Vertical and horizontal upper body pull exercises target the upper body posterior region of the body (Earle, 2016). In this blog post, I will briefly discuss the three simple progression that I use for both vertical and horizontal upper body movements.
1. Lat Pull-Down:
The lat pull-down is a multi-joint back exercise that targets the latissimus dorsi, teres major, trapezius, rhomboids, posterior deltoid, brachialis, biceps brachii, and brachioradialis. The execution of the lat pull-down movement can be performed on a machine or with a band (shown in the video below). When performing the lat pull-down exercise, you will first grasp the bar or band with a closed pronated grip or other various form of grip depending of the bar or equipment used. Then, you begin by pulling the band or bar toward the chest and return back to the starting position with the arms fully extended. It is important to lean the torso slightly back before performing the lat pull-down movement to create a clear path for the bar or band to pass the face when pulling down.
The chin up is also a multi-joint back exercise that targets the same muscle groups as the lat pull-down. However, the chin-up is more difficult compared to the lat pull-down because one has to pull-up against gravity when performing the movement. When performing the chin-up, you will grasp the bar with a supinated grip about shoulder width apart and arms fully extended. Then, you pull your chest to the bar. If you are unable to perform the chin-up exercise with your own body weight, you can add a resistance band or you can use an assisted pull-up machine to aid in proper execution of the chin-up exercise.
The pull-up exercise is also a multi-joint back exercise that targets the same muscle groups as the lat-pull down and chin-up. The pull-up exercise is different from the chin-up because of the hand grip. The hand grip in the pull-up is a closed pronated grip that is wider than shoulder width. The same execution of the pull-up movement is similar to the upward and downward movement of the chin-up. The pull-up exercise may be more difficult to perform compared to the chin-up due to the lesser activation of the biceps brachii (Youdas et al., 2010).
1. Inverted Row
The inverted row is a multi-joint back exercise that targets the same muscle groups as the vertical pull progressions. However, more emphasis is placed on a rowing type motion. When performing the inverted row, one starts with a hand grip slightly wider than shoulder width. The body position is supine or head looking at the ceiling and back facing the ground. This movement can be performed with the feet elevated on the bench or regressed to the feet on the ground. The upward pull involves moving the body toward the bar while maintaining a strong back. The downward phase involves full extension of the arms while returning back to the starting position. Avoid dipping the hips while executing this movement. The key is to keep the body in a straight line.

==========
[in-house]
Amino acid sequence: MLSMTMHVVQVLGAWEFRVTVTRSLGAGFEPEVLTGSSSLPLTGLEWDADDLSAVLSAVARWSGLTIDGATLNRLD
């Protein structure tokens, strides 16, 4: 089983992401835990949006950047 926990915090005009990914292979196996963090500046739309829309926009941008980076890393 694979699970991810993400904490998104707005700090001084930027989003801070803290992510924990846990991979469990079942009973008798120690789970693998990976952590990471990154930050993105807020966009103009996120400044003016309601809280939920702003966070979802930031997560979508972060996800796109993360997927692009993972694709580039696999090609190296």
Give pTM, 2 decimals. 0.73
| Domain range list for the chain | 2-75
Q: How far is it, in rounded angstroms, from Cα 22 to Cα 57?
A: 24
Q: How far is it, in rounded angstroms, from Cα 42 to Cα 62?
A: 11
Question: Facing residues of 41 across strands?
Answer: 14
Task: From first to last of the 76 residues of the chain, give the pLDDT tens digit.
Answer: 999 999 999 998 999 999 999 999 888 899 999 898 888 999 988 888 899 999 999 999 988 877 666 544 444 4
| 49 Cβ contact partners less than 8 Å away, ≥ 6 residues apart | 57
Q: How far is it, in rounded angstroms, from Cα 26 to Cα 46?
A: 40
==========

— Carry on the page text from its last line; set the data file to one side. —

2. Dumbbell Bench Row or One Arm Row
The dumbbell bench row or one arm dumbbell row is a multi-joint back exercise that targets the same muscle groups as the inverted row. This movement can be performed with one leg on the bench or standing toward the side of the bench. In the video below, I demonstrate the dumbbell bench row version and will explain this movement in this paragraph. Regardless, both movements involve the same rowing motion. The difference is within the starting position. When executing the dumbbell bench row, one begins by pulling the dumbbell up toward the side of the torso while keeping the wrist straight. The downward phase of the movement involves the full extension of the arm. It is important to maintain a flat back while performing this movement.
3. Barbell Bent Row
The barbell bent row exercise is a multi-joint movement exercise that targets the same muscle groups as exercises mentioned above. Start by grasping the bar with a closed and pronated grip that is slightly wider than shoulder width apart. Then, flex forward at the hips so that the torso is near parallel with the floor and maintain a strong back. Pull the barbell toward the torso by touching the sternum and then lower the barbell back to the starting position by fulling extending the arms.
Earle, R.W. (2016). Exercise technique manual for resistance training. Champaign, IL: Human Kinetics.
Youdas, J.W., Amundson, C.L., Cicero, K.S., Hahn, J.J., Harezlak, D.T., & Hollman, J.H. (2010). Surface electromyographic activation patterns and elbow joint motion during a pull-up, chin-Up, or perfect-pullup rotational exercise. Journal of Strength & Conditioning Research, 24(12), 3404-3414.